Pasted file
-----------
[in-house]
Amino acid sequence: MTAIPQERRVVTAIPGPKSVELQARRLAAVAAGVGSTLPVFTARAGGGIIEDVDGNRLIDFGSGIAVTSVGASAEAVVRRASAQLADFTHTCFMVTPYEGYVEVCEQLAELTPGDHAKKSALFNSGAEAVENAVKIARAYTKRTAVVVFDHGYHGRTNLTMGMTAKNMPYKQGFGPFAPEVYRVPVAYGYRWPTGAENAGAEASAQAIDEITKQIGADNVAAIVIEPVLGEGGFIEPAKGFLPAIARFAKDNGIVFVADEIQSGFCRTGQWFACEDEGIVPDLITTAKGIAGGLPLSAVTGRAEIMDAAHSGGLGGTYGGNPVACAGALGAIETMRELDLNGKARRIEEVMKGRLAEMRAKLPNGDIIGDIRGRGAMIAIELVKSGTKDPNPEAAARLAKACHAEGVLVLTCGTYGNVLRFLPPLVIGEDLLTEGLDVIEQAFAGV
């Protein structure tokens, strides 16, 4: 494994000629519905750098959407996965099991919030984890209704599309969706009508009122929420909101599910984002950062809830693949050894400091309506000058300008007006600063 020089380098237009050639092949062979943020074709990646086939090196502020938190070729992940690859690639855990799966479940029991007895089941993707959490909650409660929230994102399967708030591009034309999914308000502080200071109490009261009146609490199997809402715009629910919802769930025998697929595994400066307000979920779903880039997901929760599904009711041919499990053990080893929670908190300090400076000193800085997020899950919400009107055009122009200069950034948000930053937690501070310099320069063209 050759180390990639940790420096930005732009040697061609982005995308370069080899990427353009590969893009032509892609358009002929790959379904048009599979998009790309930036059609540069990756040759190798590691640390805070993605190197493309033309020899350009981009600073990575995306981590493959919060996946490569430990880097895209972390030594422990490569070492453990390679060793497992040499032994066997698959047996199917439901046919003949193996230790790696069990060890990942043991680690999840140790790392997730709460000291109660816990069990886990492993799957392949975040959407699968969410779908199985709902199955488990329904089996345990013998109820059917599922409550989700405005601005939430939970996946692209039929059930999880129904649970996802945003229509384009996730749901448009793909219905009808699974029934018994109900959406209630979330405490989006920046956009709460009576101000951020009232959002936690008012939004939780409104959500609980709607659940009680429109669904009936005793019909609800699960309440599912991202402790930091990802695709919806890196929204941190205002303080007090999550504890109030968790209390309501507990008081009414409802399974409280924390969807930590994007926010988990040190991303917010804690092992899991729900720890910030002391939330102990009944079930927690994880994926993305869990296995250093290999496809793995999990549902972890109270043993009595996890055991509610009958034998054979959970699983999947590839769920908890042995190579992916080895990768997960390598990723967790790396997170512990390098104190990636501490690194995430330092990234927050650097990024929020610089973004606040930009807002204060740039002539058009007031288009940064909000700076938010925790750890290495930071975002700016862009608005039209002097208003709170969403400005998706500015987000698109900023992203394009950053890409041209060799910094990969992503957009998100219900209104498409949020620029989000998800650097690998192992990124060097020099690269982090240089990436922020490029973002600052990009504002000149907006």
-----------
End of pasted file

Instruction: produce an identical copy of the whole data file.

[in-house]
Amino acid sequence: MTAIPQERRVVTAIPGPKSVELQARRLAAVAAGVGSTLPVFTARAGGGIIEDVDGNRLIDFGSGIAVTSVGASAEAVVRRASAQLADFTHTCFMVTPYEGYVEVCEQLAELTPGDHAKKSALFNSGAEAVENAVKIARAYTKRTAVVVFDHGYHGRTNLTMGMTAKNMPYKQGFGPFAPEVYRVPVAYGYRWPTGAENAGAEASAQAIDEITKQIGADNVAAIVIEPVLGEGGFIEPAKGFLPAIARFAKDNGIVFVADEIQSGFCRTGQWFACEDEGIVPDLITTAKGIAGGLPLSAVTGRAEIMDAAHSGGLGGTYGGNPVACAGALGAIETMRELDLNGKARRIEEVMKGRLAEMRAKLPNGDIIGDIRGRGAMIAIELVKSGTKDPNPEAAARLAKACHAEGVLVLTCGTYGNVLRFLPPLVIGEDLLTEGLDVIEQAFAGV
């Protein structure tokens, strides 16, 4: 494994000629519905750098959407996965099991919030984890209704599309969706009508009122929420909101599910984002950062809830693949050894400091309506000058300008007006600063 020089380098237009050639092949062979943020074709990646086939090196502020938190070729992940690859690639855990799966479940029991007895089941993707959490909650409660929230994102399967708030591009034309999914308000502080200071109490009261009146609490199997809402715009629910919802769930025998697929595994400066307000979920779903880039997901929760599904009711041919499990053990080893929670908190300090400076000193800085997020899950919400009107055009122009200069950034948000930053937690501070310099320069063209 050759180390990639940790420096930005732009040697061609982005995308370069080899990427353009590969893009032509892609358009002929790959379904048009599979998009790309930036059609540069990756040759190798590691640390805070993605190197493309033309020899350009981009600073990575995306981590493959919060996946490569430990880097895209972390030594422990490569070492453990390679060793497992040499032994066997698959047996199917439901046919003949193996230790790696069990060890990942043991680690999840140790790392997730709460000291109660816990069990886990492993799957392949975040959407699968969410779908199985709902199955488990329904089996345990013998109820059917599922409550989700405005601005939430939970996946692209039929059930999880129904649970996802945003229509384009996730749901448009793909219905009808699974029934018994109900959406209630979330405490989006920046956009709460009576101000951020009232959002936690008012939004939780409104959500609980709607659940009680429109669904009936005793019909609800699960309440599912991202402790930091990802695709919806890196929204941190205002303080007090999550504890109030968790209390309501507990008081009414409802399974409280924390969807930590994007926010988990040190991303917010804690092992899991729900720890910030002391939330102990009944079930927690994880994926993305869990296995250093290999496809793995999990549902972890109270043993009595996890055991509610009958034998054979959970699983999947590839769920908890042995190579992916080895990768997960390598990723967790790396997170512990390098104190990636501490690194995430330092990234927050650097990024929020610089973004606040930009807002204060740039002539058009007031288009940064909000700076938010925790750890290495930071975002700016862009608005039209002097208003709170969403400005998706500015987000698109900023992203394009950053890409041209060799910094990969992503957009998100219900209104498409949020620029989000998800650097690998192992990124060097020099690269982090240089990436922020490029973002600052990009504002000149907006």